But neither is the case this year. Syracuse’s biggest strength is that it simply won’t quit. The Orange have played in 11 one-goal games in 2017 and won nine of them. It would seem that those odds will eventually catch up to Syracuse (13-2).
“They compete. They are always in the fight,” said Towson coach Shawn Nadelen, whose No. 11-seeded Tigers (11-4) play the Orange in an NCAA quarterfinal Sunday at the University of Delaware. “They have done that all season. They stay in the hunt.
“Regardless if they have a big lead or are down by six or seven, they just keep coming at you. That’s a dangerous thing to have.”
The Tigers present challenges to Syracuse as well. Towson is a veteran team, especially on offense, and is led by attackmen Ryan Drenner (27 goals, 24 assists) and Joe Seider (28, 10), and midfielder Mike Lynch (19, six). The teams are somewhat familiar with each other, having scrimmaged in the 2015 and 2016 preseasons.
Towson will be looking for its first win over Syracuse in the program’s Division I era (1980), last earning wins over the Orange in 1972 and 1973.
“With Drenner, he is the quarterback and it’s like having an extra pair of eyes out there,” Nadelen said. “It’s really helpful to have those guys out there because they know what to expect and you know what to expect out of them. They are poised, and it’s good to have that kind of presence on offense with those four-year players.”
Is Michigan calling? Once Duke eliminated Johns Hopkins from postseason play Saturday, you knew the rumors of Blue Jays coach Dave Pietramala going to Michigan would heat up.
Those stories have been circulating for years, even though Pietramala recently completed his 17th season at Hopkins.
But the way the Blue Jays played the last couple of games this season, including the 19-6 beatdown by Duke, has to irritate some Hopkins followers. Before the Blue Devils, the Blue Jays were mauled by rival Maryland, 12-5, and then lost to Ohio State, 15-13. Most disturbing in the Duke loss was the defense, which is supposed to be Pietramala’s specialty because he was one of the best defensemen to ever play the game.
Meanwhile, Michigan appears to have the facilities and support for its program in place. Now, it just needs a coach with the right pedigree.
Time to take over: The one thing missing from Pat Spencer’s game is a dominant presence. He might be the most complete player in college lacrosse, but the sophomore attackman can disappear.
It happened Sunday in Loyola Maryland’s 7-4 playoff loss to Ohio State. The Greyhounds’ offense was horrible most of the afternoon and this was a time for Spencer to take over the game. Instead, he was content to be a regular part of the offense.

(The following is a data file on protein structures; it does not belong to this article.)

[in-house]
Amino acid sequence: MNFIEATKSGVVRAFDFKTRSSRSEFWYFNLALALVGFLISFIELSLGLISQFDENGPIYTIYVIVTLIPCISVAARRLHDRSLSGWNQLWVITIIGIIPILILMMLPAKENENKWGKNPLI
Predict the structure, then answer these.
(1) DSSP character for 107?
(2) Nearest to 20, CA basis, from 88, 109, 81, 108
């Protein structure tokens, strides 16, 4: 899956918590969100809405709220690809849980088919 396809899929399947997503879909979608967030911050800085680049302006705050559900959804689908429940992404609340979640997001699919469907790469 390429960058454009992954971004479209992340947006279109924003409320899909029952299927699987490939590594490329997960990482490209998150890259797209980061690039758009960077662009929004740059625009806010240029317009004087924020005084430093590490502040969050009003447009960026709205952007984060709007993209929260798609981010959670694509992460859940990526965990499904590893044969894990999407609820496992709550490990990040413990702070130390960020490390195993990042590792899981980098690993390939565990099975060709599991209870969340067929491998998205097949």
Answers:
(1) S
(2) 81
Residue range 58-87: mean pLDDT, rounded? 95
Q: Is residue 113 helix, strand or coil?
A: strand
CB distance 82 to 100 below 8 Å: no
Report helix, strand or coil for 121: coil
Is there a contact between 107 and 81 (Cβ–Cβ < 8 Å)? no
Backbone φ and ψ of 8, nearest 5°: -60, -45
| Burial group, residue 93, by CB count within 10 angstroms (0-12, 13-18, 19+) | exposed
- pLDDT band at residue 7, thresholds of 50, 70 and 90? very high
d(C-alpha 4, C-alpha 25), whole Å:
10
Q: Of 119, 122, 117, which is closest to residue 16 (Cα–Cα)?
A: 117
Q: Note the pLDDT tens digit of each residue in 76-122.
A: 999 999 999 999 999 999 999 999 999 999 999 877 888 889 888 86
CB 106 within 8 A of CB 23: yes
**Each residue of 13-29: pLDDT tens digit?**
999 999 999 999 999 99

He didn’t beg for the ball. He didn’t bang or grind. He didn’t create opportunities for his teammates the way attackman Ben Reeves did for Yale in the Bulldogs’ 11-10 loss to Syracuse on Sunday night. Spencer is still young and has two more years remaining. Hopefully, he grows into that role.
It would also help if Loyola coach Charley Toomey got him an additional two or three offensive middies, too.
Guterding lets his play do the talking: Duke junior attackman Justin Guterding was silent after the Hopkins game, but he made a big statement on the field. Maybe he should have been one of the five finalists for the Tewaaraton Award, given annually to the top player in college lacrosse.
Guterding had four goals and six assists against Hopkins. He has 49 goals and 44 assists this season.
“We’re not about that,” Guterding said. “We’re very team-oriented. I had a good day, but that’s nothing we really talk about or even speak about. I think our team handled ourselves well, and we had a good day.”
Apparently, Guterding has been programmed well by coach John Danowski.
“Individual awards have never been important to me, and we just never talk about them,” Danowski said. “We don’t celebrate them. We don’t ever mention any of those things. It’s a team game, and it’s about the team.
“If somebody wants to celebrate a player they like, yeah, that’s great. But there’s just too much lacrosse that needs to be played and too much teaching that needs to be done to even spend any kind of emotional energy on somebody’s insights or an award.”
Text please: Maryland coach John Tillman is always looking for ways to keep communications lines open with his players. So when he found out the top-seeded Terps were playing Bryant in a first-round game, he reminded them of how the Bulldogs had upset Syracuse in an opening-round game of the 2014 tournament.
But he didn’t say a word. Maryland defeated Bryant, 13-10, Sunday.
“I brought it up,” Tillman said. “I sent them a picture of the final score. So everybody got a text with the final score from the Syracuse game. In their world, I don’t have to say anything, I just text them. They don’t respond anyway. They don’t call me back. There are little things during the week just to keep them dialed in. I think these guys talked about it.”
Tillman, though, should be concerned about the five unanswered goals the Bulldogs scored in the last eight minutes of the game. Hopefully, the Terps remember their poor showings in recent championship games.
Zimmerman excels: Former Hopkins and UMBC coach Don Zimmerman is excellent as a color analyst on ESPN for lacrosse games. Besides being great with the X’s and O’s, he doesn’t go overboard with the hype as ESPN attempts to cover college lacrosse as if it’s a big-time professional sport.
Sometimes, it’s embarrassing.